As the bloc fragments, member states will become less committed to collective security
The effect of the European Union’s meltdown on NATO is a critical issue. Already in search of relevance for over a generation, NATO has been rendered all the more incoherent given that European nations are increasingly disillusioned with the EU. With the Continent facing the aftermath of Brexit and a banking crisis that has spread from Italy to Germany, having major European powers actively involved in NATO is becoming even less likely. And a NATO with decreasing input from European states is good news for Russia.
The 2016 NATO summit in Warsaw took place at a time when Europe is in growing disarray. It was only a couple of weeks ago that Britain voted in favor of leaving the EU. While it is trying to manage the fallout from Brexit, the EU is facing major challenges from the Italian banking crisis, which has spread to the financial institutions of Germany, the EU’s economic powerhouse. We recently published a Deep Dive on how NATO has been slowly unravelling – a process that is likely to gain momentum given that the political architecture of Europe is devolving back to the way it was in the days when NATO was founded.
The lack of a clear mission has plagued NATO since the 1991 collapse of the Soviet Union. Since then, NATO’s European member states have been less and less inclined to bear the costs of collective security. Considering Europe’s current massive financial constraints, there is even less incentive to do so. Well before the EU crisis reached its current alarming level, Germany, the mainstay of the EU, was trying to balance between Russia and the West, and this added to the dissonance within the Western camp over how to deal with Russia.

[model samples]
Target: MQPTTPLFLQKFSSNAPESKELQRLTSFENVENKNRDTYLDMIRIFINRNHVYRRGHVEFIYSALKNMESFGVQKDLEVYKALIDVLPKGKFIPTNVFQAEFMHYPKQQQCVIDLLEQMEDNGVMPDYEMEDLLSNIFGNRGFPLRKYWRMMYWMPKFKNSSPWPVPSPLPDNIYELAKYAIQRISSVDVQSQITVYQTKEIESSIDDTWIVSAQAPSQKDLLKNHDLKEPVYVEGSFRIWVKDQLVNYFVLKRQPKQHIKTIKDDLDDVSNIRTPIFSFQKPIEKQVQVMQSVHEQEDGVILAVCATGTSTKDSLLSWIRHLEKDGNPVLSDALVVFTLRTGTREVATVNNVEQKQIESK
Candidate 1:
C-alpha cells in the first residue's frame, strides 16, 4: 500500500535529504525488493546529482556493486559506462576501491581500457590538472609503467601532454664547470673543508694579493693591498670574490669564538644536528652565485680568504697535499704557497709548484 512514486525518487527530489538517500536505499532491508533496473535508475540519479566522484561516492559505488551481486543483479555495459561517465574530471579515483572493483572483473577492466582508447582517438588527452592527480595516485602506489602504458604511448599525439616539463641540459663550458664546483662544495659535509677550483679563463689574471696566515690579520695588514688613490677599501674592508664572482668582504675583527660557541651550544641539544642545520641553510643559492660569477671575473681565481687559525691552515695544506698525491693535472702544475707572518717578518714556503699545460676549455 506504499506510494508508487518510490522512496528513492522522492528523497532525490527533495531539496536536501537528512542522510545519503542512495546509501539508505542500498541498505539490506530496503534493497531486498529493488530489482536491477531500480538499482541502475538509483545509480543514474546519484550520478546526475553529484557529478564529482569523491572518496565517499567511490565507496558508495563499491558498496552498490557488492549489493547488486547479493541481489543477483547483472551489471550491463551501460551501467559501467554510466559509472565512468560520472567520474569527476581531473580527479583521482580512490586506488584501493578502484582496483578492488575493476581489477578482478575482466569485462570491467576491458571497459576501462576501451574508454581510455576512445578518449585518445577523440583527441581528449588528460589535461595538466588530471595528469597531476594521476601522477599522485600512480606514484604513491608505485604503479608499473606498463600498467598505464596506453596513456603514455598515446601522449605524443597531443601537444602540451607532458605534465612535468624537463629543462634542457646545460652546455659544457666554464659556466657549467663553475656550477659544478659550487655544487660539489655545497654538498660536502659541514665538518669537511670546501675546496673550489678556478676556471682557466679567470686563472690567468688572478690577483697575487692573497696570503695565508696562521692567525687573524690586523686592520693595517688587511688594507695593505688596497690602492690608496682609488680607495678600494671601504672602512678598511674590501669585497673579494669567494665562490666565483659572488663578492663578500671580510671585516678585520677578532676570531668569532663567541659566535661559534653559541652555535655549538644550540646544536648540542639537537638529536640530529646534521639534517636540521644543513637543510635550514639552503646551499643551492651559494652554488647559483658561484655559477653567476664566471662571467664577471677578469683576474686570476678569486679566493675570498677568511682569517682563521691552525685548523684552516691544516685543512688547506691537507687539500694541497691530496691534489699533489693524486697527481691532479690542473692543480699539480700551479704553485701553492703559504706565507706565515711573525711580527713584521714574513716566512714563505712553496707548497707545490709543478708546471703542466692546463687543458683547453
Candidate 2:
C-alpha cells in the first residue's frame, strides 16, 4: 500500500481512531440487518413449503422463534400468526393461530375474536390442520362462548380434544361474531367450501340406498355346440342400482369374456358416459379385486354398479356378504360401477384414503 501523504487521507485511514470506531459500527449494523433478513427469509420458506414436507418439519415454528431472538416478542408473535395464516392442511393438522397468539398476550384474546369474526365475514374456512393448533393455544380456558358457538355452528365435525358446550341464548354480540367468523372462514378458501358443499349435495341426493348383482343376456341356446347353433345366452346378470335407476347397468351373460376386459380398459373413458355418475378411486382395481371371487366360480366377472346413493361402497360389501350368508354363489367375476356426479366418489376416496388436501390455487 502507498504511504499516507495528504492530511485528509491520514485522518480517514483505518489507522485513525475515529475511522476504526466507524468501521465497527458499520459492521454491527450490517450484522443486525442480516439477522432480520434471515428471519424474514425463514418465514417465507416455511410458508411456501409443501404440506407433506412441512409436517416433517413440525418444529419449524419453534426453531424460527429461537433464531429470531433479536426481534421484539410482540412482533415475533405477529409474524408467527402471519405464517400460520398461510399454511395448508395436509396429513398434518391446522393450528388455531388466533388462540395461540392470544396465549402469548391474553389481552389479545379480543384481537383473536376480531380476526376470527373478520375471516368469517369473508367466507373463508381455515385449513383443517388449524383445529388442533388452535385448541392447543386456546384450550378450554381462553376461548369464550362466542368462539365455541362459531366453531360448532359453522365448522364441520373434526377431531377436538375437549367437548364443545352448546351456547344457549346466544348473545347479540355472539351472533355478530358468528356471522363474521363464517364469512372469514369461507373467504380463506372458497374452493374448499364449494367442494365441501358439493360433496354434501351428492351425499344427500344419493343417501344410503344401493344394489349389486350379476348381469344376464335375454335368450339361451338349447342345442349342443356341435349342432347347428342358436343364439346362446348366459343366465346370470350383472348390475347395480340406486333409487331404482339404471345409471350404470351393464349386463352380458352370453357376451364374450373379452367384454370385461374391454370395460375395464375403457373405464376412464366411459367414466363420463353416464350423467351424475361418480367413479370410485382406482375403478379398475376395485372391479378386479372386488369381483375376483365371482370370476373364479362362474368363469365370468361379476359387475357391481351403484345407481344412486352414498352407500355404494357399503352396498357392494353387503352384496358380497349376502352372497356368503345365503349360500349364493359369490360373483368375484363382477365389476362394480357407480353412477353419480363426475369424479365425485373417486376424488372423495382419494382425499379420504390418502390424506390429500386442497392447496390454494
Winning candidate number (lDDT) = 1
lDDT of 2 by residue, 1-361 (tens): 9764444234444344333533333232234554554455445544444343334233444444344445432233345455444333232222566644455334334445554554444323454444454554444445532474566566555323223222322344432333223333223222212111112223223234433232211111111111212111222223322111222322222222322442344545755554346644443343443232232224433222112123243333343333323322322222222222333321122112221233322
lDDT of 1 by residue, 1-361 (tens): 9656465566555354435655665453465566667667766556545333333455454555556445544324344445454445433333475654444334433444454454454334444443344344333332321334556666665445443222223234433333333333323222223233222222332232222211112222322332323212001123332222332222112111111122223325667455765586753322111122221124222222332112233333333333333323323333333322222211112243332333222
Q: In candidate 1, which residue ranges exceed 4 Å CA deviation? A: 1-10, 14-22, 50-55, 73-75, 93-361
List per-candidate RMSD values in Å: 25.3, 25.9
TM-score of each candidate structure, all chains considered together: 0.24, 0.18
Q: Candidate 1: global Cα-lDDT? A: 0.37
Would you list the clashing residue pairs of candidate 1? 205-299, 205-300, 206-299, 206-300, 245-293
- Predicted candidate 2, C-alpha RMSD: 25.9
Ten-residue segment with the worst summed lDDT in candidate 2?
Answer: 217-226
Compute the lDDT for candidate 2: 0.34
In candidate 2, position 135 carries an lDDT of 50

But now that the Germans are not only facing an exporters’ crisis but also an impending bank crisis, NATO’s security interests are even less of a priority.
There are indeed reports that Germany is trying to increase defense spending and its security role in Europe. However, Berlin’s growing financial strain is likely to prevent the Germans from realizing this objective. Another way to look at this is that if the Germans and the other founding EU members have conceded that the EU’s role will be more limited, they are less likely to worry about the fate of NATO.
The disagreements among the Europeans over how to deal with the financial crisis will exacerbate the discord over NATO between EU member states and between the EU and the U.S. Germany’s unwillingness to help bail out financially distressed southern European countries parallels the attitude of Europe’s major players toward providing for the security of European states along the Russian periphery.
Despite being given some assurances, including troops stationed in Eastern Europe and the provision of military